Corrymeela About


Our Community

Corrymeela is people of all ages and Christian traditions who, individually and together, are committed to the healing of social, religious and political divisions that exist in Northern Ireland and throughout the world. 

We commit every year at our dedication service to this vision and to play an active part in a process of change.

We are teachers, writers, people looking for work, retired people; we are young, middle aged and old; we are people of doctrine and people of doubt. We are people who seek to engage with the differences of our world. We are people who disagree with each other on matters of religion, politics and economics. We are people who wish to name our own complicity in the fractures that damage our societies. We are people of dedication and commitment. We are people of prayers, conversation, curiosity and questioning. We are people of truth telling and hope. We are Corrymeela. And you are always welcome. 

Ray Davey served as the Leader of the Corrymeela community from 1965 to 1980. During that time the work at the centre evolved from being run by volunteers who gave their weekends, holidays and summer breaks to having the programmes run by the joint endeavours of volunteers, staff and those who joined as Corrymeela Community members. 

From 1980 to 1994 John Morrow led the community and he was succeeded by Trevor Williams who led from 1994 to 2003. 

From 2003 David Stevens led the community until his untimely death in 2010. At this stage Kate Pettis served as the leader of Corrymeela until Inderjit Bhogal was appointed in 2011 and he served until the end of 2013. 

Up until this stage, the leader of Corrymeela acted as leader of the Community as well as CEO of the more formal business side of the work. Over the years Corrymeela expanded to become an organisation with an annual turnover of £1.5 Million per year and almost forty staff. 

In 2014, following a major review of governance and leadership, it was decided to create two new roles and early in 2014 Colin Craig was appointed as Executive Director of Corrymeela with responsibility for the operational side of the organisation. In September of that same year Pádraig Ó Tuama was appointed as Leader of the Corrymeela Community with responsibility for spiritual direction, vision and pastoral care. The new roles and division of responsibilities allow more time for new initiatives, greater focus on development and an enriching team leadership approach where each brings skills, expertise and analysis that enhances the leadership function.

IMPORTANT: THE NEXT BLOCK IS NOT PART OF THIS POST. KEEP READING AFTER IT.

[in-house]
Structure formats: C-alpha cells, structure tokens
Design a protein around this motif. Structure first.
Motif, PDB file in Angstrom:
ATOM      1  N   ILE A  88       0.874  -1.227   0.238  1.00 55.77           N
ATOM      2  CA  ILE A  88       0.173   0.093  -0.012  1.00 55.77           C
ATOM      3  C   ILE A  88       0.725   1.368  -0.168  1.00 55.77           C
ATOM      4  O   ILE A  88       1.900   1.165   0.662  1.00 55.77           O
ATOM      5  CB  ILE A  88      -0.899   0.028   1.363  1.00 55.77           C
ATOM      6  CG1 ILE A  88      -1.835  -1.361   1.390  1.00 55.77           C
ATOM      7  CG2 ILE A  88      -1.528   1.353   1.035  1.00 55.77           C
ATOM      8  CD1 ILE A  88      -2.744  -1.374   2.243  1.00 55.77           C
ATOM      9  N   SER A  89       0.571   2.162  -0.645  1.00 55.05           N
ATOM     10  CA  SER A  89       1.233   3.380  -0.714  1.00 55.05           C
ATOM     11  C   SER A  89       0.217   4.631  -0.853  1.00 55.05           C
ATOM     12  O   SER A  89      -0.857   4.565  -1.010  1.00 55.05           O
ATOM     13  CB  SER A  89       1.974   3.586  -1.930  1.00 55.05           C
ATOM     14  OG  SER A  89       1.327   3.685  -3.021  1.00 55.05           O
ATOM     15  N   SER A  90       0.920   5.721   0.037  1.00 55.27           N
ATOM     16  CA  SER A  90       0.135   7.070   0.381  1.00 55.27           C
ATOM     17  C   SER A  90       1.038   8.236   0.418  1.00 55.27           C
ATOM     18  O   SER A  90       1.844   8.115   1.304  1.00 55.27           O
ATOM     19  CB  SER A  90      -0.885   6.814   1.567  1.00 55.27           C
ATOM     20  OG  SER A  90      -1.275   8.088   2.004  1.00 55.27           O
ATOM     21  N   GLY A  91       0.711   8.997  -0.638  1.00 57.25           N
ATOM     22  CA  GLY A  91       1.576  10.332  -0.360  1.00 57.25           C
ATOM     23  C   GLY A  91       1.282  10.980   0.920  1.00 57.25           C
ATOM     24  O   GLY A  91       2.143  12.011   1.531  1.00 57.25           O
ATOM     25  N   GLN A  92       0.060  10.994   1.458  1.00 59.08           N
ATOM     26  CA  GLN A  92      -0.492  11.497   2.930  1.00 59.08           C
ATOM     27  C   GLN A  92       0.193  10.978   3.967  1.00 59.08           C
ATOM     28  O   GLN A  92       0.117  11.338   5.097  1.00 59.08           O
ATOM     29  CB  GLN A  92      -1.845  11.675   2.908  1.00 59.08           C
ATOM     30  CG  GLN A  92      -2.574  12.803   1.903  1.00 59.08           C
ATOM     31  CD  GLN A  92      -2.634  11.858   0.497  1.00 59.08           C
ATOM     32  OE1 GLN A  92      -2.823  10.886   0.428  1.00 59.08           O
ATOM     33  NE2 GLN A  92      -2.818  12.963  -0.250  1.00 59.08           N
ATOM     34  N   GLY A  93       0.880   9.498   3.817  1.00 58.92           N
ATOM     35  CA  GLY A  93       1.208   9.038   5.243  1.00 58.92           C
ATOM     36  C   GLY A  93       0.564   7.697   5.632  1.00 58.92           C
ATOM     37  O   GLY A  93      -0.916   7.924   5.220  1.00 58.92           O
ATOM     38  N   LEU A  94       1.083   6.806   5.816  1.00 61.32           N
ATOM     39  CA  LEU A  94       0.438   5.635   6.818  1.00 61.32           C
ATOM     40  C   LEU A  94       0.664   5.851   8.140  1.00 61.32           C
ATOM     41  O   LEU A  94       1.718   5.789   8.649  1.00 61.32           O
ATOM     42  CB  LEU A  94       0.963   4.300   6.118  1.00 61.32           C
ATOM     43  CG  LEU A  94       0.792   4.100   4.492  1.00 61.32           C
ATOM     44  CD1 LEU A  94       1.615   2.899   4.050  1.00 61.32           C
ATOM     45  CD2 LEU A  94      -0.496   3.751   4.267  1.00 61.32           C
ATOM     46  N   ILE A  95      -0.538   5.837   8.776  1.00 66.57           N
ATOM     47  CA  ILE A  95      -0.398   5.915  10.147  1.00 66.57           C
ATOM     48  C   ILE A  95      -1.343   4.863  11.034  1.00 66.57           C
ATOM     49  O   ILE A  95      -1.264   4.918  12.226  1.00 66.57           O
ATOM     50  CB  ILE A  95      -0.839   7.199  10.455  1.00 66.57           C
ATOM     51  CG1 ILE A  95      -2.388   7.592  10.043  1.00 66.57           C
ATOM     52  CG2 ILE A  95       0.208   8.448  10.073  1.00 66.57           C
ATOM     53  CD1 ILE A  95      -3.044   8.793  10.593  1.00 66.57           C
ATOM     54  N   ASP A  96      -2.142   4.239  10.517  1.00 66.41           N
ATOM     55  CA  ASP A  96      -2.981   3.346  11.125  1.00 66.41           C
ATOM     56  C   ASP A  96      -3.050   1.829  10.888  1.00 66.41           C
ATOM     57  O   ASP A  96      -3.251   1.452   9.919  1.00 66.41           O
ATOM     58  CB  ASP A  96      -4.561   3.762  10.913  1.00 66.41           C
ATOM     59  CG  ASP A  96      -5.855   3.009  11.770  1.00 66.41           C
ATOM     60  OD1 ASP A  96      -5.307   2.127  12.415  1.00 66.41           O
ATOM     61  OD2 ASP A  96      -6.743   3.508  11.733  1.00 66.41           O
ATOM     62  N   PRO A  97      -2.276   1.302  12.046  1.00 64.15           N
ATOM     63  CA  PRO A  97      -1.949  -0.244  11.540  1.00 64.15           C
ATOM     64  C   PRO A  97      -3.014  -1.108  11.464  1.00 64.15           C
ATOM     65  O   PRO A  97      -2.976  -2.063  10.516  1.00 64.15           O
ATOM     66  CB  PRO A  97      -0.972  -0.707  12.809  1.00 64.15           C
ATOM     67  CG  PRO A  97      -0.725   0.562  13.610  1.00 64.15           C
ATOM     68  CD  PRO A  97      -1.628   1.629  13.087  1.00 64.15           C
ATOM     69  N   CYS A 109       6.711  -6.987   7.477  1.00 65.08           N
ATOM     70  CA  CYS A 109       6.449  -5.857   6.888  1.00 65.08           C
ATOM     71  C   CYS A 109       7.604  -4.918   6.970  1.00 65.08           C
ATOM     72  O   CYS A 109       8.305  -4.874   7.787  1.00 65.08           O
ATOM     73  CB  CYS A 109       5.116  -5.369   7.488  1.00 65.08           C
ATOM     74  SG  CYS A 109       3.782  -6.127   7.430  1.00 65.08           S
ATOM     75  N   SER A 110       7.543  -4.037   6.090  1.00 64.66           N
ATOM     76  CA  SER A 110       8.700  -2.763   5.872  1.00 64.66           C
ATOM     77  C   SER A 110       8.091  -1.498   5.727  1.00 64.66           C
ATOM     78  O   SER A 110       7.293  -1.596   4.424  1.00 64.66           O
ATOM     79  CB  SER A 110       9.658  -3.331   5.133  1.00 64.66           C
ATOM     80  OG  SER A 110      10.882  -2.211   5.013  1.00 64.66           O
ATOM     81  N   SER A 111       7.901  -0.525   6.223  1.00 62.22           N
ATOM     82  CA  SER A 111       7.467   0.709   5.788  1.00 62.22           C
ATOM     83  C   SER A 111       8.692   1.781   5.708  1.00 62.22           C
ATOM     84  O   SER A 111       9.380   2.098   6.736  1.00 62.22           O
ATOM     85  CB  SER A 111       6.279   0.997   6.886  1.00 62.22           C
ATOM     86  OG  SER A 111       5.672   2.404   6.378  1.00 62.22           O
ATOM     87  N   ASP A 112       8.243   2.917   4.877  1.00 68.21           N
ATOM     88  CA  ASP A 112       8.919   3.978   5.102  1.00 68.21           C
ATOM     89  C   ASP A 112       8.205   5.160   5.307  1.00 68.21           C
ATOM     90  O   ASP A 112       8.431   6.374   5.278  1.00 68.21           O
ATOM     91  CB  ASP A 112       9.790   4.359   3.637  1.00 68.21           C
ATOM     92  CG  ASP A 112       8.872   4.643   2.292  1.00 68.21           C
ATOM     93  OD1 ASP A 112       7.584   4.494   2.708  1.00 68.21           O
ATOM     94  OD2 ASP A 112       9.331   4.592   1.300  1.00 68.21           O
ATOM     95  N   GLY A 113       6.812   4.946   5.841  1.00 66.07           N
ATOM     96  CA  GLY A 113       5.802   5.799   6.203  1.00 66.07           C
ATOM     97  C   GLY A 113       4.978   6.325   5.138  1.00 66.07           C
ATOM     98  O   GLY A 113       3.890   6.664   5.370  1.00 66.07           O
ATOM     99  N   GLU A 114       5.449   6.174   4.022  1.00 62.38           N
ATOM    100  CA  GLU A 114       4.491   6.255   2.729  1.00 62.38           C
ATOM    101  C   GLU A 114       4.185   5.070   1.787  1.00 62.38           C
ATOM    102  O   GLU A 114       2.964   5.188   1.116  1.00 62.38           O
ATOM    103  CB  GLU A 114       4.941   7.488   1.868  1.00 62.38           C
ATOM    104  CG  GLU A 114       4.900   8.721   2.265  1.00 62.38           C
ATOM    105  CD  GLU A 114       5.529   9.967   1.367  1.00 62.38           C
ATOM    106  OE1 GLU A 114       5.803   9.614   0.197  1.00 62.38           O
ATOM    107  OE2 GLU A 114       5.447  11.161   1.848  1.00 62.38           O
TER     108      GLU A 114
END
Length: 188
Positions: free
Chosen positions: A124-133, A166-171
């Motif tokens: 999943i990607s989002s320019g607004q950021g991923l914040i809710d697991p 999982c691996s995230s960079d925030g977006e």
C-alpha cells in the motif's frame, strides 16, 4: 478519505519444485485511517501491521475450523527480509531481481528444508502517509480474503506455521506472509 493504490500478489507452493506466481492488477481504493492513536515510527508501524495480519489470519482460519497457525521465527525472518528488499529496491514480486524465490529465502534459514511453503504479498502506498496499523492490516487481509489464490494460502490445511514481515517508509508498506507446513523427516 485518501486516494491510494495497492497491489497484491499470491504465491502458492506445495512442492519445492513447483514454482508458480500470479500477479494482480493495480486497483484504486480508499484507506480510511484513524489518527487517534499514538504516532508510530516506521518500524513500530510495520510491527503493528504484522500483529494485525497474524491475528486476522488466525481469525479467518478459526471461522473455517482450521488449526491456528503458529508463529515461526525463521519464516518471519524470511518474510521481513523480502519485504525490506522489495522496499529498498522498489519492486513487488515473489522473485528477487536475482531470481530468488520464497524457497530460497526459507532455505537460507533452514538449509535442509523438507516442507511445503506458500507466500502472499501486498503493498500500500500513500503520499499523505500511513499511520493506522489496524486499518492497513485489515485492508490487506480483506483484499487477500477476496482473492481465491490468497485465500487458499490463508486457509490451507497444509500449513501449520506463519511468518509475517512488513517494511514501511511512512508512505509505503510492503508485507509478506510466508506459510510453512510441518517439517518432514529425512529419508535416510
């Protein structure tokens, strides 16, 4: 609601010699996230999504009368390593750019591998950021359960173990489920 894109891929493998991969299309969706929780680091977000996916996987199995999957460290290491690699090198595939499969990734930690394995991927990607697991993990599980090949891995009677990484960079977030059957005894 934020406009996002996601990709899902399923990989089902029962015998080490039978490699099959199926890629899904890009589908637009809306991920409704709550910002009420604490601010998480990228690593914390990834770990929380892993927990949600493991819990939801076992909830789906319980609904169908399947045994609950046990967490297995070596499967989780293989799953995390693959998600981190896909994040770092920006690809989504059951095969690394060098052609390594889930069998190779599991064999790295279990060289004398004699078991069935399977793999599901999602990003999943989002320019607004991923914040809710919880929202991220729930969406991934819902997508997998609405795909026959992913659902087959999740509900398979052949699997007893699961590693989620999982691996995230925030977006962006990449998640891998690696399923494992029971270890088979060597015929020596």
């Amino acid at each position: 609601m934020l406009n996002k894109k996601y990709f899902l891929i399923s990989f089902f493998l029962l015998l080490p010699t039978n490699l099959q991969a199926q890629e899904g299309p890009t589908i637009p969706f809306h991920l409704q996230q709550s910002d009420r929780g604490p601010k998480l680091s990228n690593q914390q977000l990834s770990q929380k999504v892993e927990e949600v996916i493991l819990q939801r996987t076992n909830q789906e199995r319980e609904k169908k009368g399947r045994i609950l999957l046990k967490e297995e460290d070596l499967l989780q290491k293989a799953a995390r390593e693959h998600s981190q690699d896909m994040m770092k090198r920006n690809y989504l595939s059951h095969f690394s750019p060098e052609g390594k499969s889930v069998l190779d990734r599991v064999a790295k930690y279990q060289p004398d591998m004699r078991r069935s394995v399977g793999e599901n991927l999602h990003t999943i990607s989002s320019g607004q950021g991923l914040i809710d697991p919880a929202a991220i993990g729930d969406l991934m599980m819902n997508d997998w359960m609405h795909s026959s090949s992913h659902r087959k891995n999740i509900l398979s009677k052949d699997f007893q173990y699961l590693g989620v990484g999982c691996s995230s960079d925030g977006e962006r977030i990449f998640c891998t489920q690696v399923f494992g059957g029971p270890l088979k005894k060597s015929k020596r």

We are teachers, writers, people looking for work, retired people; we are young, middle aged and old; we are people of doctrine and people of question.

Alexander Wimberly became Leader in August of 2019. Alex’s pastoral background has helped him lead the community into conversations about how we care for one another within Corrymeela –– and how being a member of Corrymeela leads us to becoming ‘centres of peace and reconciliation’ wherever we live, work and worship.  

Both the Executive Director and the Leader serve the vision of Corrymeela’s work under the guidance and governance of the Corrymeela Council and with the expertise of dozens of staff of extraordinary skill and commitment. Additionally, Corrymeela has, at all levels of its life and work, volunteers who have given decades of their lives to further the witness to living well together in our society, combining our faith, our politics, our community relations, our explorations, curiosities and commitment to our society.

Corrymeela is often translated from the original Irish as “Hill of Harmony” or “Hill of Sweetness.”  But there is another and more probable translation.  The name comes from a neighbouring townland, Corrymellagh, in the parish of Culfeightrin.  Culfeightrin means in Irish “The Corner of the Stranger.”  Corrymellagh means “The Lumpy Crossing Place.”

Perhaps the latter etymology is more apt for us: a place where differing groups, strangers to each other, are offered the opportunity to cross over into another space.  And the crossing is “lumpy,” not easy, full of pitfalls.